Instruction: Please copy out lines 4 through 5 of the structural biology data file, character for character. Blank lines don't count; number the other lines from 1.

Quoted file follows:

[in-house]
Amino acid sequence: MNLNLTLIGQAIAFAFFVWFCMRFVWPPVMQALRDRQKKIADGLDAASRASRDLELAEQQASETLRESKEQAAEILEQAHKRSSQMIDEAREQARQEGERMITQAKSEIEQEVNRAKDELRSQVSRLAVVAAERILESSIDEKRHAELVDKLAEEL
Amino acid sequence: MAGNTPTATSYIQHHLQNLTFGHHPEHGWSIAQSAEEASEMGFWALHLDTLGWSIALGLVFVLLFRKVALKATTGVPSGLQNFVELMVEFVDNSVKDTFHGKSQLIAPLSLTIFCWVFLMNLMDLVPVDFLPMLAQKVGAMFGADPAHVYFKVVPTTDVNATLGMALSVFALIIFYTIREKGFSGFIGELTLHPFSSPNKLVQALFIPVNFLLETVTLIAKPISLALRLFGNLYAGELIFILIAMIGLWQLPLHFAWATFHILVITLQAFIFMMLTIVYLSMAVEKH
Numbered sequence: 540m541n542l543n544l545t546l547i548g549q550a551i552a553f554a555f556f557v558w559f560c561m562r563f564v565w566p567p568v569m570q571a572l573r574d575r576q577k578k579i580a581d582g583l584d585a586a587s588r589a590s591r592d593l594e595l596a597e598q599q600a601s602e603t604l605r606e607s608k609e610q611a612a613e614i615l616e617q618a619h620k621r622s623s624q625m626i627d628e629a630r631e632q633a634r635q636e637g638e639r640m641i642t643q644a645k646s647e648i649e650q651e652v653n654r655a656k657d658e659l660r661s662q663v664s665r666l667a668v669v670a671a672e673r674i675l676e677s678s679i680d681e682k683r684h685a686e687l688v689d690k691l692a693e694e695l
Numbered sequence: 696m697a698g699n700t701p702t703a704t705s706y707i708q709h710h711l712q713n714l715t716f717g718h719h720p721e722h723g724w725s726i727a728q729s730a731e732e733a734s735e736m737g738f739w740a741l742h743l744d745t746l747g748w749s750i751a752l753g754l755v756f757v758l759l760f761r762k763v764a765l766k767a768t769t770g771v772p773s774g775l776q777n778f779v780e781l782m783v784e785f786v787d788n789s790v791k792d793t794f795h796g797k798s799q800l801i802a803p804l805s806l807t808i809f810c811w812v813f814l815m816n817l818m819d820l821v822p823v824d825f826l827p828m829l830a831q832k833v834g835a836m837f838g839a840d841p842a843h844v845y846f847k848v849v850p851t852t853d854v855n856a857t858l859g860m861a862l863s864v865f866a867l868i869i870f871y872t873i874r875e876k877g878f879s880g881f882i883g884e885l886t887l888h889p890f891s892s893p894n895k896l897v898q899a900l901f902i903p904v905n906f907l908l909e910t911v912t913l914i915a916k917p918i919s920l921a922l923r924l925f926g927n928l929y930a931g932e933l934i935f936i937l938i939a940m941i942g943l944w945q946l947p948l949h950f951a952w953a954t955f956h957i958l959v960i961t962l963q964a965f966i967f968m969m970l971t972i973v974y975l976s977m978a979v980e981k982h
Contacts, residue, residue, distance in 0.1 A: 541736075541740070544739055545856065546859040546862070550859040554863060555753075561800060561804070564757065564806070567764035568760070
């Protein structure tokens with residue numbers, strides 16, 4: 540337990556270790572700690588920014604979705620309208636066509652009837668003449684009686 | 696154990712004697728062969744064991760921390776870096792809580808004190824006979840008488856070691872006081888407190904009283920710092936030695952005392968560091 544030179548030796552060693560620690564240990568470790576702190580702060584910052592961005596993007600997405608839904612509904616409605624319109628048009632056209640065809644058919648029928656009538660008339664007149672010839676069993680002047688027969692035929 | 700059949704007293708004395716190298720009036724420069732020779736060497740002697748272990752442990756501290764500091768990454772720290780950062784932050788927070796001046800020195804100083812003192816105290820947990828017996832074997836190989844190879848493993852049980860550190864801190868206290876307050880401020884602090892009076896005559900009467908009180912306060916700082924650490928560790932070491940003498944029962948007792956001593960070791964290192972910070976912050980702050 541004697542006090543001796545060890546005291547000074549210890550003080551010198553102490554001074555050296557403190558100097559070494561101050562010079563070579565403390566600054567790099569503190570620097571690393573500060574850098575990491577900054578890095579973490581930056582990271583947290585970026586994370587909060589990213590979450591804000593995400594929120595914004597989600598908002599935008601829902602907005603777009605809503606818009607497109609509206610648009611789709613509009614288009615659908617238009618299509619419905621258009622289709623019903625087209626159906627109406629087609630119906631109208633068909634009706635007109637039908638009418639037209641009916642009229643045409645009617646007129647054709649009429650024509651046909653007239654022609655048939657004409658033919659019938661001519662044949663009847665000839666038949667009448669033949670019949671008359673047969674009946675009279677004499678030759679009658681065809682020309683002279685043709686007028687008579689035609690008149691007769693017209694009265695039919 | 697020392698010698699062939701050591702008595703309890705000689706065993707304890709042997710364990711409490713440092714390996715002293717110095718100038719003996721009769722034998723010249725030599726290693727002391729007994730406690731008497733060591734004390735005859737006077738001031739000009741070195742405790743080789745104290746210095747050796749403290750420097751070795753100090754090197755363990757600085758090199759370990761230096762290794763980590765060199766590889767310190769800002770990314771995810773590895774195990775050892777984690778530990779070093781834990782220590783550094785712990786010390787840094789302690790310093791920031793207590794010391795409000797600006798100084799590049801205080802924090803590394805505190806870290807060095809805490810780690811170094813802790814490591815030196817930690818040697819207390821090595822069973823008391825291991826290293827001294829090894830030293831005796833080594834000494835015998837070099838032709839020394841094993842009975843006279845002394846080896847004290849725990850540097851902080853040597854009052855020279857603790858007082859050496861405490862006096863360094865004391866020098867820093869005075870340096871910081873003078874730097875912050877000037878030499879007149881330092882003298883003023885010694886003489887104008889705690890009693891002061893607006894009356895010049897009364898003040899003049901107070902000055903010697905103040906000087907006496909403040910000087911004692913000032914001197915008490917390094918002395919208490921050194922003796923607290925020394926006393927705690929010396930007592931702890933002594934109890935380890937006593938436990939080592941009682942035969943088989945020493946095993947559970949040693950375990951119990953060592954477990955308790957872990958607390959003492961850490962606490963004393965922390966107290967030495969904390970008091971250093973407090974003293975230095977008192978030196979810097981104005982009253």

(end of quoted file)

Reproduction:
Numbered sequence: 540m541n542l543n544l545t546l547i548g549q550a551i552a553f554a555f556f557v558w559f560c561m562r563f564v565w566p567p568v569m570q571a572l573r574d575r576q577k578k579i580a581d582g583l584d585a586a587s588r589a590s591r592d593l594e595l596a597e598q599q600a601s602e603t604l605r606e607s608k609e610q611a612a613e614i615l616e617q618a619h620k621r622s623s624q625m626i627d628e629a630r631e632q633a634r635q636e637g638e639r640m641i642t643q644a645k646s647e648i649e650q651e652v653n654r655a656k657d658e659l660r661s662q663v664s665r666l667a668v669v670a671a672e673r674i675l676e677s678s679i680d681e682k683r684h685a686e687l688v689d690k691l692a693e694e695l
Numbered sequence: 696m697a698g699n700t701p702t703a704t705s706y707i708q709h710h711l712q713n714l715t716f717g718h719h720p721e722h723g724w725s726i727a728q729s730a731e732e733a734s735e736m737g738f739w740a741l742h743l744d745t746l747g748w749s750i751a752l753g754l755v756f757v758l759l760f761r762k763v764a765l766k767a768t769t770g771v772p773s774g775l776q777n778f779v780e781l782m783v784e785f786v787d788n789s790v791k792d793t794f795h796g797k798s799q800l801i802a803p804l805s806l807t808i809f810c811w812v813f814l815m816n817l818m819d820l821v822p823v824d825f826l827p828m829l830a831q832k833v834g835a836m837f838g839a840d841p842a843h844v845y846f847k848v849v850p851t852t853d854v855n856a857t858l859g860m861a862l863s864v865f866a867l868i869i870f871y872t873i874r875e876k877g878f879s880g881f882i883g884e885l886t887l888h889p890f891s892s893p894n895k896l897v898q899a900l901f902i903p904v905n906f907l908l909e910t911v912t913l914i915a916k917p918i919s920l921a922l923r924l925f926g927n928l929y930a931g932e933l934i935f936i937l938i939a940m941i942g943l944w945q946l947p948l949h950f951a952w953a954t955f956h957i958l959v960i961t962l963q964a965f966i967f968m969m970l971t972i973v974y975l976s977m978a979v980e981k982h